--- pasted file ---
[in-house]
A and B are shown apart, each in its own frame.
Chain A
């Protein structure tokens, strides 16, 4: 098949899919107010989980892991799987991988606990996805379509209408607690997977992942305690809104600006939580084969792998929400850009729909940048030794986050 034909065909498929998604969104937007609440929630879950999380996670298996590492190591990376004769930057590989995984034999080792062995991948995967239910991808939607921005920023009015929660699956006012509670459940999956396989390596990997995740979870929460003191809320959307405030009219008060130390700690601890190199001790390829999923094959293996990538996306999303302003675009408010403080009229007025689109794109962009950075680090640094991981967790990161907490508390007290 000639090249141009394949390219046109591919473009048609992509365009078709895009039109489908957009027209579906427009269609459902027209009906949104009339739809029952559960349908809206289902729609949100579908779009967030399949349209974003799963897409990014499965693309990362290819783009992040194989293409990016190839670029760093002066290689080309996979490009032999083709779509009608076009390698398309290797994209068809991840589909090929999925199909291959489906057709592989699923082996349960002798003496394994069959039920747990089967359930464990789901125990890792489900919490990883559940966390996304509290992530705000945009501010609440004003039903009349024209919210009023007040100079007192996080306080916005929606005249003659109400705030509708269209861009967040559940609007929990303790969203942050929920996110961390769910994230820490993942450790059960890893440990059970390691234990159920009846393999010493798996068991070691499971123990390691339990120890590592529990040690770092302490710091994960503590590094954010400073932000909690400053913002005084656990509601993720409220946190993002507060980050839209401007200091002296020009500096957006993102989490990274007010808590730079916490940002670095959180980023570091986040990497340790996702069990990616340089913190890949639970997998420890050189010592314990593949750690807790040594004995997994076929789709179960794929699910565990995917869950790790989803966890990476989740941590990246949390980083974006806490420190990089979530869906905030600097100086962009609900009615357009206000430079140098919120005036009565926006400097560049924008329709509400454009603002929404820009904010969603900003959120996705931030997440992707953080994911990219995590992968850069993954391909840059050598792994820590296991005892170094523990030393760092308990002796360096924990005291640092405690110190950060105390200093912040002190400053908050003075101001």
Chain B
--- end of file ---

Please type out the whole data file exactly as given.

[in-house]
A and B are shown apart, each in its own frame.
Chain A
């Protein structure tokens, strides 16, 4: 098949899919107010989980892991799987991988606990996805379509209408607690997977992942305690809104600006939580084969792998929400850009729909940048030794986050 034909065909498929998604969104937007609440929630879950999380996670298996590492190591990376004769930057590989995984034999080792062995991948995967239910991808939607921005920023009015929660699956006012509670459940999956396989390596990997995740979870929460003191809320959307405030009219008060130390700690601890190199001790390829999923094959293996990538996306999303302003675009408010403080009229007025689109794109962009950075680090640094991981967790990161907490508390007290 000639090249141009394949390219046109591919473009048609992509365009078709895009039109489908957009027209579906427009269609459902027209009906949104009339739809029952559960349908809206289902729609949100579908779009967030399949349209974003799963897409990014499965693309990362290819783009992040194989293409990016190839670029760093002066290689080309996979490009032999083709779509009608076009390698398309290797994209068809991840589909090929999925199909291959489906057709592989699923082996349960002798003496394994069959039920747990089967359930464990789901125990890792489900919490990883559940966390996304509290992530705000945009501010609440004003039903009349024209919210009023007040100079007192996080306080916005929606005249003659109400705030509708269209861009967040559940609007929990303790969203942050929920996110961390769910994230820490993942450790059960890893440990059970390691234990159920009846393999010493798996068991070691499971123990390691339990120890590592529990040690770092302490710091994960503590590094954010400073932000909690400053913002005084656990509601993720409220946190993002507060980050839209401007200091002296020009500096957006993102989490990274007010808590730079916490940002670095959180980023570091986040990497340790996702069990990616340089913190890949639970997998420890050189010592314990593949750690807790040594004995997994076929789709179960794929699910565990995917869950790790989803966890990476989740941590990246949390980083974006806490420190990089979530869906905030600097100086962009609900009615357009206000430079140098919120005036009565926006400097560049924008329709509400454009603002929404820009904010969603900003959120996705931030997440992707953080994911990219995590992968850069993954391909840059050598792994820590296991005892170094523990030393760092308990002796360096924990005291640092405690110190950060105390200093912040002190400053908050003075101001």
Chain B